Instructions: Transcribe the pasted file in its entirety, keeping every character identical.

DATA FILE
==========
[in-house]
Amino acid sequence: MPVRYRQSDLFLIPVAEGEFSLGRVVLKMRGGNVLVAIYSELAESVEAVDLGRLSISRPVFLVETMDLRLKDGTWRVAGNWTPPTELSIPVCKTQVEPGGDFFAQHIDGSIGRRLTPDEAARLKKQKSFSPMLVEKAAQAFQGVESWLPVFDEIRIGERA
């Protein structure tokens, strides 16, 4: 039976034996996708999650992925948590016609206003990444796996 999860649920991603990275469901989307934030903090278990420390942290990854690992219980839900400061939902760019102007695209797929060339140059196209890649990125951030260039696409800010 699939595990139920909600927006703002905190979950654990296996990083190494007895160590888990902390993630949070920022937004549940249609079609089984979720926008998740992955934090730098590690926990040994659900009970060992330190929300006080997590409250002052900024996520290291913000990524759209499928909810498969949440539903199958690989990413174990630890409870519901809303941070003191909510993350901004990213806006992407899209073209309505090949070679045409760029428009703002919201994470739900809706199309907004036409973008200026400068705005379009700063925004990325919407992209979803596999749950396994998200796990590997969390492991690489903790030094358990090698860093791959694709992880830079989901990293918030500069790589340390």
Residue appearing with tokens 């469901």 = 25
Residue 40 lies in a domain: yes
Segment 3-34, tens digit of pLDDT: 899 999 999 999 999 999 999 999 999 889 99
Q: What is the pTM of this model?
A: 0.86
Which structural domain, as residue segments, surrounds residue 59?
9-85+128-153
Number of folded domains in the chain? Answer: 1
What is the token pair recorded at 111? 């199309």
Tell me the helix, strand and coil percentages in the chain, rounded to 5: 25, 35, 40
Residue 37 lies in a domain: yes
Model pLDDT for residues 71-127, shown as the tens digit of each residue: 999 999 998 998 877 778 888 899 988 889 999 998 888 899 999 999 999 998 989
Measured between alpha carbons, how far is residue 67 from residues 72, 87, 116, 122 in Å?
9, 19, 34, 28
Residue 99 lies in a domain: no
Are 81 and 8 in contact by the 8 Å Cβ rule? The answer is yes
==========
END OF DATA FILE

[in-house]
Amino acid sequence: MPVRYRQSDLFLIPVAEGEFSLGRVVLKMRGGNVLVAIYSELAESVEAVDLGRLSISRPVFLVETMDLRLKDGTWRVAGNWTPPTELSIPVCKTQVEPGGDFFAQHIDGSIGRRLTPDEAARLKKQKSFSPMLVEKAAQAFQGVESWLPVFDEIRIGERA
């Protein structure tokens, strides 16, 4: 039976034996996708999650992925948590016609206003990444796996 999860649920991603990275469901989307934030903090278990420390942290990854690992219980839900400061939902760019102007695209797929060339140059196209890649990125951030260039696409800010 699939595990139920909600927006703002905190979950654990296996990083190494007895160590888990902390993630949070920022937004549940249609079609089984979720926008998740992955934090730098590690926990040994659900009970060992330190929300006080997590409250002052900024996520290291913000990524759209499928909810498969949440539903199958690989990413174990630890409870519901809303941070003191909510993350901004990213806006992407899209073209309505090949070679045409760029428009703002919201994470739900809706199309907004036409973008200026400068705005379009700063925004990325919407992209979803596999749950396994998200796990590997969390492991690489903790030094358990090698860093791959694709992880830079989901990293918030500069790589340390």
Residue appearing with tokens 């469901």 = 25
Residue 40 lies in a domain: yes
Segment 3-34, tens digit of pLDDT: 899 999 999 999 999 999 999 999 999 889 99
Q: What is the pTM of this model?
A: 0.86
Which structural domain, as residue segments, surrounds residue 59?
9-85+128-153
Number of folded domains in the chain? Answer: 1
What is the token pair recorded at 111? 């199309």
Tell me the helix, strand and coil percentages in the chain, rounded to 5: 25, 35, 40
Residue 37 lies in a domain: yes
Model pLDDT for residues 71-127, shown as the tens digit of each residue: 999 999 998 998 877 778 888 899 988 889 999 998 888 899 999 999 999 998 989
Measured between alpha carbons, how far is residue 67 from residues 72, 87, 116, 122 in Å?
9, 19, 34, 28
Residue 99 lies in a domain: no
Are 81 and 8 in contact by the 8 Å Cβ rule? The answer is yes